Socialization – The Key To A Puppy’s Future

At some time in every dog’s life they will need to have a visit with the vet; whether it’s for vaccines, ear or eye infections, bloodwork or surgery. Whatever the appointment may be, your dog will need to be examined by the veterinarian. It would be unusual for a pet to have their ears and eyes looked at on a daily basis, so this treatment may be scary for them.

Here at North Hill Animal Hospital, we try to make the visit as fear-free as possible. We want every visit to be positive so that your pet will want to come back and see us again. Not every dog will be ok with the veterinarian examining them from nose to tail because this is confusing to them. Some dogs can become fearful and it can turn into aggression, which can then be dangerous for both them and the person holding. This is where socializing when there are still young can make a big difference in the way they react when they are an adult. The idea behind socialization is to help your puppy become acclimated to all types of sights, sounds and smells in a positive manner. Proper socialization can prevent a dog from being fearful. From 7 weeks to 4 months of age, your puppy goes through a socialization period that permanently shapes his future personality and how he will react to things in his environment as an adult. Exposing him to a wide variety of people, places, and situations make a huge difference. This is also a great time to get your puppy used to being handled. You should look in their ears, eyes, and mouths daily. Play with their feet and toes every day so they can become comfortable with having their nails trimmed. This will make veterinary appointments easier and more enjoyable for your puppy and will mean a more thorough examination by the veterinarian when they don’t have to fight with them.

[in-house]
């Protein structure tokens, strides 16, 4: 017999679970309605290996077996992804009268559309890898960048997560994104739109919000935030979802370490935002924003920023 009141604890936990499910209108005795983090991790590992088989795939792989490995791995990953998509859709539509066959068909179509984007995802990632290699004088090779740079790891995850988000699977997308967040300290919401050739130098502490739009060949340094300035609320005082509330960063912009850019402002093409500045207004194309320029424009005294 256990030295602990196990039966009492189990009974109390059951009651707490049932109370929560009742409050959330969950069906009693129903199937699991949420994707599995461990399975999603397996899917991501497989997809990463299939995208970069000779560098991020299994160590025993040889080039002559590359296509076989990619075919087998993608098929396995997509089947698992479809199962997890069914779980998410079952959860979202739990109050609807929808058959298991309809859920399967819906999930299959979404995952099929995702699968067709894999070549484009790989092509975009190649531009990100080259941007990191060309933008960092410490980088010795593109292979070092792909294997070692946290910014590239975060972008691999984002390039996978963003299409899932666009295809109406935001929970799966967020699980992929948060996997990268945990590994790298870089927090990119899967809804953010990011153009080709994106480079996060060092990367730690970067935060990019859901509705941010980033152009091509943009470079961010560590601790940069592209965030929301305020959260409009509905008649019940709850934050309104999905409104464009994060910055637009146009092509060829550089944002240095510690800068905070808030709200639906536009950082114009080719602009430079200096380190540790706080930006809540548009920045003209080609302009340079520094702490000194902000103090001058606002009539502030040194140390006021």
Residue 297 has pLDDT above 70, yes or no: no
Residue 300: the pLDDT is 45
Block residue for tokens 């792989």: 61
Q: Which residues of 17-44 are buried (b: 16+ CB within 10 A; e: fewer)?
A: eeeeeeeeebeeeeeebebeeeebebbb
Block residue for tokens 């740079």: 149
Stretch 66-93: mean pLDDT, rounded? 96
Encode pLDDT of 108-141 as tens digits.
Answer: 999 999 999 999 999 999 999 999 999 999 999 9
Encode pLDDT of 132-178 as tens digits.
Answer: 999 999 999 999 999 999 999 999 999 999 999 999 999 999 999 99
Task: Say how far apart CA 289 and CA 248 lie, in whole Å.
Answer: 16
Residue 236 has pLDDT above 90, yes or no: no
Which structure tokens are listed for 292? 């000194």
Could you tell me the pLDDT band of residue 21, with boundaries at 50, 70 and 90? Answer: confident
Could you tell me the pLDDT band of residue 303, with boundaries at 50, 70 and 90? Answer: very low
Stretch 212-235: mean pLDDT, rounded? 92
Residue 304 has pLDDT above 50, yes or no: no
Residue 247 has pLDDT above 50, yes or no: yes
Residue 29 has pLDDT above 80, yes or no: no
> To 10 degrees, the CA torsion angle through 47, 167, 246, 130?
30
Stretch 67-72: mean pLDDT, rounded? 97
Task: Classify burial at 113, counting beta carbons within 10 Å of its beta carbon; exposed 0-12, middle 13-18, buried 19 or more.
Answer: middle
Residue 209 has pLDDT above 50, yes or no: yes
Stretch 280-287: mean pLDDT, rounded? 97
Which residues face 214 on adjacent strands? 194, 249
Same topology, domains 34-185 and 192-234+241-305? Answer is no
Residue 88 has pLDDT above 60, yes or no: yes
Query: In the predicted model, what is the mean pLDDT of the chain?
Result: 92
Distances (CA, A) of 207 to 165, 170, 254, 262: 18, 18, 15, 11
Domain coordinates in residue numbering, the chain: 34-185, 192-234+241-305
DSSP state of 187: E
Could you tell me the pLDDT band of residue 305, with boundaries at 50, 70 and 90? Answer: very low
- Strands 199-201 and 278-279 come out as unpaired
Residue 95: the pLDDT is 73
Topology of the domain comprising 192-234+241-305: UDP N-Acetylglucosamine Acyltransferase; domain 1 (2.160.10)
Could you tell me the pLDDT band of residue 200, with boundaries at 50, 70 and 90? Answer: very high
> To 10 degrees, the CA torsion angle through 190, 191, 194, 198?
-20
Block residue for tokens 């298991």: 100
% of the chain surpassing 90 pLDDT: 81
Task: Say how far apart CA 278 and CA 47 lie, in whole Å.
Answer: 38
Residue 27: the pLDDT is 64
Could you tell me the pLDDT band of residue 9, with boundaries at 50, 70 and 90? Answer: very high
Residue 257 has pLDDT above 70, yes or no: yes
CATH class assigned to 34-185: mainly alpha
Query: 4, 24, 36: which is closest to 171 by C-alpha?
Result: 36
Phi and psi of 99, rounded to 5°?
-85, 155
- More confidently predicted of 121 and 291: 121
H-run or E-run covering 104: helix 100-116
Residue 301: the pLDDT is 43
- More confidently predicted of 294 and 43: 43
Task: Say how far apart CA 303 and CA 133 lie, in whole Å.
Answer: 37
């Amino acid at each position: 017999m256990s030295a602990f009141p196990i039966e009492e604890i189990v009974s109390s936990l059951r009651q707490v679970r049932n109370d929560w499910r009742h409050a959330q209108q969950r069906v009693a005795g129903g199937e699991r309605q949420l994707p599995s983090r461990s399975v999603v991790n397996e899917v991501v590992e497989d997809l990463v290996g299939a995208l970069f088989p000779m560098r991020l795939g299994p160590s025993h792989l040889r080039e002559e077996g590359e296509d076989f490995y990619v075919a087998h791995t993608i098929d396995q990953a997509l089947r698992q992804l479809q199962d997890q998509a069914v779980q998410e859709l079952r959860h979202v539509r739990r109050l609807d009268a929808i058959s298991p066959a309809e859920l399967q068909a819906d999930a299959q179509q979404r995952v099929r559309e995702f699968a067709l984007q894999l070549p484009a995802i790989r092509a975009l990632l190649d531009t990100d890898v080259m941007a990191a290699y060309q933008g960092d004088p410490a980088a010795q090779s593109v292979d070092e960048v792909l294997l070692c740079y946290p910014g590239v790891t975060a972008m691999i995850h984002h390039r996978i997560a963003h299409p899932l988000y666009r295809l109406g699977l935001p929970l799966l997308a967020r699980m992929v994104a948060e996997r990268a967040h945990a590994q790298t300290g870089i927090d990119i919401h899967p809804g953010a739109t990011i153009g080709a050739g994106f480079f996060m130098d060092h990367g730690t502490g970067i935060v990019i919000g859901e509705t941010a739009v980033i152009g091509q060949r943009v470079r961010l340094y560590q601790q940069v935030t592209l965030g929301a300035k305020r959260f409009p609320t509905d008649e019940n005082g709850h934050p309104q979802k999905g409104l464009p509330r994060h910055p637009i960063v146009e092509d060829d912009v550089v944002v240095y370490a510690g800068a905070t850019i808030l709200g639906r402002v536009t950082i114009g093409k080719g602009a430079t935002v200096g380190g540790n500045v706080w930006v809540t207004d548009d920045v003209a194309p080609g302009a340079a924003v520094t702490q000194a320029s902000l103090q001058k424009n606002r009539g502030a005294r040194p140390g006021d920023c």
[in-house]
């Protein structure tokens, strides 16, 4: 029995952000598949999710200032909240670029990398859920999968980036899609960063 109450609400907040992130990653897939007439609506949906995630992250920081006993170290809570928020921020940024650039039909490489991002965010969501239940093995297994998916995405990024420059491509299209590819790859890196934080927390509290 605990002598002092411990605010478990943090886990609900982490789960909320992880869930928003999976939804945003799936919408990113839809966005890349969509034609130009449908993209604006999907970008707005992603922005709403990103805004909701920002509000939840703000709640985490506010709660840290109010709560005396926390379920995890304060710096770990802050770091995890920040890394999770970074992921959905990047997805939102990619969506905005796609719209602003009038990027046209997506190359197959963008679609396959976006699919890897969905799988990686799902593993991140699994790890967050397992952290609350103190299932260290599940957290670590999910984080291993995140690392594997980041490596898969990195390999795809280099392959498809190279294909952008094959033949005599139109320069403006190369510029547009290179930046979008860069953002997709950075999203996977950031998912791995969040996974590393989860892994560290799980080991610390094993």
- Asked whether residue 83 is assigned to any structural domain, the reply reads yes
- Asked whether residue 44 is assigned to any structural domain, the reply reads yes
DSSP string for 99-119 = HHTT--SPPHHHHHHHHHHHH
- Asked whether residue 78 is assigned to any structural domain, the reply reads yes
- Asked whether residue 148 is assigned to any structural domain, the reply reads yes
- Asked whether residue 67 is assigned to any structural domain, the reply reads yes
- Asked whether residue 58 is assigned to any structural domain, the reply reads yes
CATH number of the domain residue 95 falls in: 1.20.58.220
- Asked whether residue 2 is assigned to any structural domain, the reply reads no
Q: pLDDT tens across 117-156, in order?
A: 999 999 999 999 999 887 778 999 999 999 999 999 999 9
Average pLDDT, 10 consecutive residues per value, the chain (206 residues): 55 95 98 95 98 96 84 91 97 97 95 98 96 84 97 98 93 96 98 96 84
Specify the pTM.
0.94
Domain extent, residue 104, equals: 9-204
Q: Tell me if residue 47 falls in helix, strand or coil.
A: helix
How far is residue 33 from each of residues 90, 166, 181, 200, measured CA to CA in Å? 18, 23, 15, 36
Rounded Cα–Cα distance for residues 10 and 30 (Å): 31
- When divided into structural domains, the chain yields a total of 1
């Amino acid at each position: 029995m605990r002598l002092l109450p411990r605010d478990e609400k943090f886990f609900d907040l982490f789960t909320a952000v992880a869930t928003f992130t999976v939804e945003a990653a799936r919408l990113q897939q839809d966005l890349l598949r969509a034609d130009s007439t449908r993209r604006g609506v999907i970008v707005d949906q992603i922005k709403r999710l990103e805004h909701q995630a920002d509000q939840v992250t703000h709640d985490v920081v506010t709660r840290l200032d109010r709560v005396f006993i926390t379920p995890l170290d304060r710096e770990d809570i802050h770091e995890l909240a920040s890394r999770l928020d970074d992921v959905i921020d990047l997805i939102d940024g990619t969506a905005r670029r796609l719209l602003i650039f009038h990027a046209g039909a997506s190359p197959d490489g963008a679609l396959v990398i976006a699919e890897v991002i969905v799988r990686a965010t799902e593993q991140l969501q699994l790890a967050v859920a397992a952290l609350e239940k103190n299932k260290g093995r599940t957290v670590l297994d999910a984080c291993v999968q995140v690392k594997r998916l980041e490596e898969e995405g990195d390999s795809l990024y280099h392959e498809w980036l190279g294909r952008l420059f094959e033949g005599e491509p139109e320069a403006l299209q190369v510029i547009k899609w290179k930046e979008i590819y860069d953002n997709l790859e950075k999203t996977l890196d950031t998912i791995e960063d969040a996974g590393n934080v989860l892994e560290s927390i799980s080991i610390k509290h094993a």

How to Socialize Your Puppy

1) Introduce him to new sights, sounds, and smells: To a puppy, the whole world is new, strange, and unusual, so think of everything he encounters as an opportunity to make a new, positive association. Try to come up with as many different types of people, places, noises, and textures as you can and help your puppy be exposed to them.

2) Make it positive:  When introducing all of these new experiences to your puppy, make sure he’s getting a positive reward; whether its treats or a special toy that is used only for training. Also, don’t be stressed yourself; dogs can read our emotions and energy, so if you’re nervous introducing your puppy to a larger dog, for example, your puppy will be nervous too and may become fearful of larger dogs in the future.

3) Involve the family: By having different people take part in the socialization process, you’re continuously taking the puppy out of his comfort zone, letting him know that he might experience something new no matter who he’s with.

4) Take it public: Once your puppy is used to a few experiences you can start to move outside of his comfort zone to expand the number of new experiences he’ll have. By taking him to the pet store (after he’s started his vaccination series), over to a friend’s house for a puppy play date, on different streets in the neighborhood.

5) Go to puppy classes: Once your puppy has started his vaccinations, he can also attend puppy classes. These classes not only help your puppy begin to understand basic commands but also help expose him to other dogs and people. Trainers will oversee the meetings so that all dogs and people are safe and happy during the process. Puppy classes are available at many pet stores and by local dog trainers. You can ask your veterinarian what trainer they recommend.

Written by Carly Wright, ACA